My dad was prone to depression. It got really bad for a while after his best friend was killed in the line of duty. I remember the weirdness at home. Dad spent his time in his room with the shades drawn. It was always dark in there. That lasted for weeks... marose.

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    1. STxAR - I cannot imagine either. But people do - they have to in order to go on, if even if a much changed fashion.

      I was shocked when in the early 2000's TB The Elder told me that he suffered from depression. I had no idea that he ever had - it is nothing that he ever revealed or ever exhibited classic symptoms of - although it quite likely explains why I have suffered from the same sort of thing.

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  3. This whole ordeal has certainly caused me to reflect on my optimism as the "Resident Optimist." Whatever wiring in my brain makes me optimistic, is certainly what makes this even hard for me to understand. I've had low moments and I won't lie that thoughts of ending it have crossed my mind, but those times were only fleeting as in seconds long because I have always been able to understand that they were fleeting. For whatever reason, my cousin couldn't see past that fleeting depression.

    I thought about not writing anything but in the end, I just felt compelled to. Perhaps by doing so, it may save a life someday from someone undergoing similar thoughts. It can't change our situation and I'll probably never be able to understand why it occurred, but we aren't all wired the same and perhaps someone else can make sense of it and change their situation.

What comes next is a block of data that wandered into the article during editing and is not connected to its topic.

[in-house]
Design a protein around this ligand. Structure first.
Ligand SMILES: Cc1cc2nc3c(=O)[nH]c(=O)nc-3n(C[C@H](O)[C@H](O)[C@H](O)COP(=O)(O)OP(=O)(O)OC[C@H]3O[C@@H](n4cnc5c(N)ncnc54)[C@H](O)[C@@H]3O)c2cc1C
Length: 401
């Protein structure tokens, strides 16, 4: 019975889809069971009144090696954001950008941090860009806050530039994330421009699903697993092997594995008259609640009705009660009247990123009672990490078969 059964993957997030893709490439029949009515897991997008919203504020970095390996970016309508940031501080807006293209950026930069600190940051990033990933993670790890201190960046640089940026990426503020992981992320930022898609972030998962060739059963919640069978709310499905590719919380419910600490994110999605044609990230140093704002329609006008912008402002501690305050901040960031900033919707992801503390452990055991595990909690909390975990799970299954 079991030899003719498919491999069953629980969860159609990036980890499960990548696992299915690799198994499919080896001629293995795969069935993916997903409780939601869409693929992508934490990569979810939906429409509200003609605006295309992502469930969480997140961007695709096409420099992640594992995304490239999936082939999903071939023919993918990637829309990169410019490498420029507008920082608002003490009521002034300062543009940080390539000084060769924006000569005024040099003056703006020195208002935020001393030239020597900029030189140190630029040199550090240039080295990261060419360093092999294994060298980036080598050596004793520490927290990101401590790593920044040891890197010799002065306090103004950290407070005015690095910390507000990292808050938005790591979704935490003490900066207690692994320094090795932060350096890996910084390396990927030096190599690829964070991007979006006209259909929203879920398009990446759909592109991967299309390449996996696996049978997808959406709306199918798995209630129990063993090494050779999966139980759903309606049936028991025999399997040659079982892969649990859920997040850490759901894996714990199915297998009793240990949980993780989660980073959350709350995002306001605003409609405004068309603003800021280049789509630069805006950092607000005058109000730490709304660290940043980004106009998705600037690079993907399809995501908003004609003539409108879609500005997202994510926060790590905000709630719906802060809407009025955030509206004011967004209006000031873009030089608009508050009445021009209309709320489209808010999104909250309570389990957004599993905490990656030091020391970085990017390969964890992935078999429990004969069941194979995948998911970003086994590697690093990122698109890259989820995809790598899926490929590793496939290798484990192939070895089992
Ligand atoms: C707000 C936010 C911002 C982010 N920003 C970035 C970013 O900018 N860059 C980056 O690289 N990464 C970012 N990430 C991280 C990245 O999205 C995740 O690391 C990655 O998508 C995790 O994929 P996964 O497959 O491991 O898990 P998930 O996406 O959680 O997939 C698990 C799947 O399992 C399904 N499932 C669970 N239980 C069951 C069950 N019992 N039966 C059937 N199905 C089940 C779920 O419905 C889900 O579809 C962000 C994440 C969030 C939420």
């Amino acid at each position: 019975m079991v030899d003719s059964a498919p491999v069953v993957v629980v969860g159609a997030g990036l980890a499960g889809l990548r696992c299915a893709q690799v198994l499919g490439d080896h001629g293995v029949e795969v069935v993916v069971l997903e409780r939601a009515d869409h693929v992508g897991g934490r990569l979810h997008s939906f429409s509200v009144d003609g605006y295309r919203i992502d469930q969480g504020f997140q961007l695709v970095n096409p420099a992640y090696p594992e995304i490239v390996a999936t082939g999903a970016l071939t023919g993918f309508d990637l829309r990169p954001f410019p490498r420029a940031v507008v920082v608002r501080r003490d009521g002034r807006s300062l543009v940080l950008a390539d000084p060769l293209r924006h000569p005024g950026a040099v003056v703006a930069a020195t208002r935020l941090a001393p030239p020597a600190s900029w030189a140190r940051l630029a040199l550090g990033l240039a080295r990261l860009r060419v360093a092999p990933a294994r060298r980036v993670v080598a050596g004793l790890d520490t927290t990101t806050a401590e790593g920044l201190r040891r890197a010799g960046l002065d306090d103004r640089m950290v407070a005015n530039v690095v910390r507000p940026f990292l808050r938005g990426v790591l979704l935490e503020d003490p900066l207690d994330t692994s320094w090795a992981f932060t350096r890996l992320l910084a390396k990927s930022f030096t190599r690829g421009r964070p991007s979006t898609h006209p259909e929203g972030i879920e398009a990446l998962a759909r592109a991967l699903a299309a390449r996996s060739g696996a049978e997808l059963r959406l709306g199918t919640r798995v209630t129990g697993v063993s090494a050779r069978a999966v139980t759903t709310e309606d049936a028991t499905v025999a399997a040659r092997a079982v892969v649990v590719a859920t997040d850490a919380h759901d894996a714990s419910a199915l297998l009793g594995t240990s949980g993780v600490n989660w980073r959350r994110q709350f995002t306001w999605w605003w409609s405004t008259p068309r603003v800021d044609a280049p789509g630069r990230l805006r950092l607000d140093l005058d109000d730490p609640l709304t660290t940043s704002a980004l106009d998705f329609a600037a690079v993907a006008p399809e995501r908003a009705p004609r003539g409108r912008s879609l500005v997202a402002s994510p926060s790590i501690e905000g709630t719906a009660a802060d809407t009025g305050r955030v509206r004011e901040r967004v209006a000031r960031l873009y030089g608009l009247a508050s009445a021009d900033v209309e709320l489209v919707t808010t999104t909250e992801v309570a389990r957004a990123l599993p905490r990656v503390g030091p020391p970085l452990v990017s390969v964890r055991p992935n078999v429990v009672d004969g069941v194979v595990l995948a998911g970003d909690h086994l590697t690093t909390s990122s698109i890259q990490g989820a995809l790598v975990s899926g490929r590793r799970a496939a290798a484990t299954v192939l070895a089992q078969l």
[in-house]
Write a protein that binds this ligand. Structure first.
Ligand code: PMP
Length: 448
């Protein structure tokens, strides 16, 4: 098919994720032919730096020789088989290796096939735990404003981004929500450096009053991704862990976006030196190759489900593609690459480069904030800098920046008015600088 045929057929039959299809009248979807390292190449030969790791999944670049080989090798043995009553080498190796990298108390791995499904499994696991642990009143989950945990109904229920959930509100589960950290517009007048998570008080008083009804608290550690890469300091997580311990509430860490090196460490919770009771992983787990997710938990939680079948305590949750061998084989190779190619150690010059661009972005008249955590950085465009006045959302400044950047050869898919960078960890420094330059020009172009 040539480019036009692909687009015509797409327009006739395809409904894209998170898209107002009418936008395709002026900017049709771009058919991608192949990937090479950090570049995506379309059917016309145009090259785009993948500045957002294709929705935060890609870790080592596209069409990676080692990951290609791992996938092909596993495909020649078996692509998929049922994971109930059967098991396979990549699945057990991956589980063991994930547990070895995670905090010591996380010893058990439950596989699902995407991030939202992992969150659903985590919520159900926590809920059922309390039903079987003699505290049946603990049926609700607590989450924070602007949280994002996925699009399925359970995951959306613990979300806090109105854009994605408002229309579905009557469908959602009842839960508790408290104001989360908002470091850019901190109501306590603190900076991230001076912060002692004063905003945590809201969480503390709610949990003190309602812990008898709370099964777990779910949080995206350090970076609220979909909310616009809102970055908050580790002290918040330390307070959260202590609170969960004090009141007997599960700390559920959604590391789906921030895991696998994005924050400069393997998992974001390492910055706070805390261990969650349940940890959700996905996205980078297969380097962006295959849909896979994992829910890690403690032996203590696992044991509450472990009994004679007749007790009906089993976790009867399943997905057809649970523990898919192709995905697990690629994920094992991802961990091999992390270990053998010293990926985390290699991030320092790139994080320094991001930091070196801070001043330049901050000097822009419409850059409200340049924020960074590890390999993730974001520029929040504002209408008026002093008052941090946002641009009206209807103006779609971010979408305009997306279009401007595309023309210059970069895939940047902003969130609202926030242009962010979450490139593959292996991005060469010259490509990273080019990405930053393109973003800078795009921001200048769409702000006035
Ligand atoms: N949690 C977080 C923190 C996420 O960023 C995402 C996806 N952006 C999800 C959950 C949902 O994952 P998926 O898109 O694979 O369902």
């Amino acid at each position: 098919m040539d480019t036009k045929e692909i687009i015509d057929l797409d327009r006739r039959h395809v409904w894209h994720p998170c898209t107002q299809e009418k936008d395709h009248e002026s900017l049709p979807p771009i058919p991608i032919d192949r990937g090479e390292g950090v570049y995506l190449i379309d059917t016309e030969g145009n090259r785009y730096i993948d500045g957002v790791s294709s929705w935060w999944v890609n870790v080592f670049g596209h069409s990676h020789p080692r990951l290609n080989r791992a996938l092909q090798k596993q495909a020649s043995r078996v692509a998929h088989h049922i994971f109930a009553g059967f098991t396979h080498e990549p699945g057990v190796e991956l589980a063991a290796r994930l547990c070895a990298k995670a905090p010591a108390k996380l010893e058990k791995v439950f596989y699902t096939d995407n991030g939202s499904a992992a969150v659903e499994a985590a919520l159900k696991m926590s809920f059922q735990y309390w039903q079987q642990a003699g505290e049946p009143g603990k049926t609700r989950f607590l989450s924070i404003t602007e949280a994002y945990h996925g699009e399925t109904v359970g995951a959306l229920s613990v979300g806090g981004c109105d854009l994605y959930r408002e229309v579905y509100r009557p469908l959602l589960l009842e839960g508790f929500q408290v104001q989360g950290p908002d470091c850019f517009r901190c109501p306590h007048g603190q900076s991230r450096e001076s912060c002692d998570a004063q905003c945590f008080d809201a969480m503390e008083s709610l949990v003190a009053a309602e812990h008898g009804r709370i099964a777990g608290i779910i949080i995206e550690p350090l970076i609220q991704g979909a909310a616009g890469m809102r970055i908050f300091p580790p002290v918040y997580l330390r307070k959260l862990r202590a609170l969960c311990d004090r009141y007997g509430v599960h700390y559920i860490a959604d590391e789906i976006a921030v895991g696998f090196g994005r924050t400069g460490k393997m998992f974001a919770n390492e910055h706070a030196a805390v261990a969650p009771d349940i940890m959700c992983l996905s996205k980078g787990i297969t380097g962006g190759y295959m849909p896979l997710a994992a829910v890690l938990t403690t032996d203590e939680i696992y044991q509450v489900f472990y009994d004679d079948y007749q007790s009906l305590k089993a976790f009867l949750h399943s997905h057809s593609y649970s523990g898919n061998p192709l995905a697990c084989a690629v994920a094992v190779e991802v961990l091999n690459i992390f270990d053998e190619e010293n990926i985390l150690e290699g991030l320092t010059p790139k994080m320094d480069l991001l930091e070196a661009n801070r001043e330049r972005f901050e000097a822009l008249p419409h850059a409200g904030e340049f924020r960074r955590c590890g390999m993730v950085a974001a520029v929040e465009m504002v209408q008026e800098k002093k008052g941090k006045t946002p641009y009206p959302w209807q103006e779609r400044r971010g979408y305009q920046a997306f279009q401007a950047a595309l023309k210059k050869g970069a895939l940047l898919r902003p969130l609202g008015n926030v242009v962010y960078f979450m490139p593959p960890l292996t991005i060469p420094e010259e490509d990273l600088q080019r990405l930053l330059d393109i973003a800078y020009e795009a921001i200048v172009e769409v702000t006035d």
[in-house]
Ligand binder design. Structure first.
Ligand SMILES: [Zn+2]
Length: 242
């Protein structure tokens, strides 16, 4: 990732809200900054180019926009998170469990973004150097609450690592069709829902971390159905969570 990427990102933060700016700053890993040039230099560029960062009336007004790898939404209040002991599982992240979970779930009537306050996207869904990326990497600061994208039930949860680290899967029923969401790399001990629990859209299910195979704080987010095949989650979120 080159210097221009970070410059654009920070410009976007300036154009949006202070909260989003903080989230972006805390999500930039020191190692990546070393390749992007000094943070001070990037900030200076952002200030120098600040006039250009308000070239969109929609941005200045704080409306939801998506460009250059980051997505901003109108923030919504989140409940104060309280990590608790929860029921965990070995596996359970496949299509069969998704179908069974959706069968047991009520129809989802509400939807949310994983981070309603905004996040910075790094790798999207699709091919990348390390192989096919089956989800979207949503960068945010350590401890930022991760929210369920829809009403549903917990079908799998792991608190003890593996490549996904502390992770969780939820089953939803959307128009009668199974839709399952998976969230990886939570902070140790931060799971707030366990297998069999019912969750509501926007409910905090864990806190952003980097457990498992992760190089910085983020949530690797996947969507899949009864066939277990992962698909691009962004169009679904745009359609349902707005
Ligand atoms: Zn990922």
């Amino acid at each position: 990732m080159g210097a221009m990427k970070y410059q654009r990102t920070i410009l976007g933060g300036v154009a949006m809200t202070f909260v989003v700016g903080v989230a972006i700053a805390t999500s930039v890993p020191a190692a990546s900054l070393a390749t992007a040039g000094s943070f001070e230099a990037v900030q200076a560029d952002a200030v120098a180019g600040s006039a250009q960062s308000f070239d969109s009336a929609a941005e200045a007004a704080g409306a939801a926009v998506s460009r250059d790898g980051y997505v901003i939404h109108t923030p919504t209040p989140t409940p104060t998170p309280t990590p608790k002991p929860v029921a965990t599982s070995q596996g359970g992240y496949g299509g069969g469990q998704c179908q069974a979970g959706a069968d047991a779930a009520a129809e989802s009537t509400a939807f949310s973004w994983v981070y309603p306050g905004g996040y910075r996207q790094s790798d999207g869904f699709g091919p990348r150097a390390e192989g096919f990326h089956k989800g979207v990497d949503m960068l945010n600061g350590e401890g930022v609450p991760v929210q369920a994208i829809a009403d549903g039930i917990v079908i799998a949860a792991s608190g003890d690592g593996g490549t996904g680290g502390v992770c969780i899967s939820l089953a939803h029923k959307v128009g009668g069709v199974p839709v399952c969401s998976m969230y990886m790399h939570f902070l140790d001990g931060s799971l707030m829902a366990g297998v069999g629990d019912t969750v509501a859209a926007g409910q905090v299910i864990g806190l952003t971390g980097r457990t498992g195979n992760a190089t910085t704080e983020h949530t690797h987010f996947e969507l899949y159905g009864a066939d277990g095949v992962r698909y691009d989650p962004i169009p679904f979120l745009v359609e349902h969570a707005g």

That is my hope. Thank you for calling attention to the 1-800 number TB!

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    1. Ed, first all (and as posted on your blog as well), my condolences. This is truly something no family should have to face.

      A counter thought, if I might: The things that wire you as an optimist are probably the same things that wire me - in a different way - as a pessimist. You have the gift of theorizing what can go right; I have the gift of theorizing what can go wrong. The reality, as you point out so well, is that as we mature we learn that there is a balance: most things are never bad forever even as they are never good forever (I say most things: there is the reality that people now live for years in very bad situations. It is more of a guideline than a rule, I suppose). But that does only come with maturity, or at least if not maturity than with relationships with those that have the opposite gene (I have known optimists that were completely wiped out by a bad occurrence where a pessimist simply went "No no, that was expected. We will carry on regardless). If one has neither the maturity of experience nor the input of others, it can become very dark indeed.

      And that, at least for me, is why I am glad you wrote about it. The reality is it happens too often and in too many places and it is something we never really talk about. And if people feel like they cannot ask questions or talk about it, then they will choose to do other things.

      So there are now two places this phone number appeared today. Hopefully we have at least doubled the coverage by doing so.

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  4. Anonymous7:09 AM